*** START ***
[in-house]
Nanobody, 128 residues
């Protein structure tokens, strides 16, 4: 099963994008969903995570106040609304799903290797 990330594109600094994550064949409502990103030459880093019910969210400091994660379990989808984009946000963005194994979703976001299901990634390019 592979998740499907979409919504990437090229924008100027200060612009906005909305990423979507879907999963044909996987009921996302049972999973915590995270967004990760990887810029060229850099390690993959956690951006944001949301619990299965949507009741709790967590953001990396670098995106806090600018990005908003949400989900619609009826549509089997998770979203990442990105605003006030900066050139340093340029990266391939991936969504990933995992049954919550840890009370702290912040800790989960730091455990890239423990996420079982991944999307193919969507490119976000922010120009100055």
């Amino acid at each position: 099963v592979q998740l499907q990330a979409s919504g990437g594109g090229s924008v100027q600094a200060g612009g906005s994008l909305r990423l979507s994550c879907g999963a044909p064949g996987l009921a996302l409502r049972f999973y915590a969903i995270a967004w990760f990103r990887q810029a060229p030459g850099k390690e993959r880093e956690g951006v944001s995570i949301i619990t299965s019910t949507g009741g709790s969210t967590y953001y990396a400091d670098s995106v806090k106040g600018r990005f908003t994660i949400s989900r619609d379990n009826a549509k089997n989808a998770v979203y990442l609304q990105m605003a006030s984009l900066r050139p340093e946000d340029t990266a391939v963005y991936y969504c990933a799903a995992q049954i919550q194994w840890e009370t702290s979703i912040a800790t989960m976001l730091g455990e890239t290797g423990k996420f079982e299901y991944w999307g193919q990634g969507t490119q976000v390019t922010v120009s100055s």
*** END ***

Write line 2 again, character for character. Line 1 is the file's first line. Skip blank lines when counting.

Nanobody, 128 residues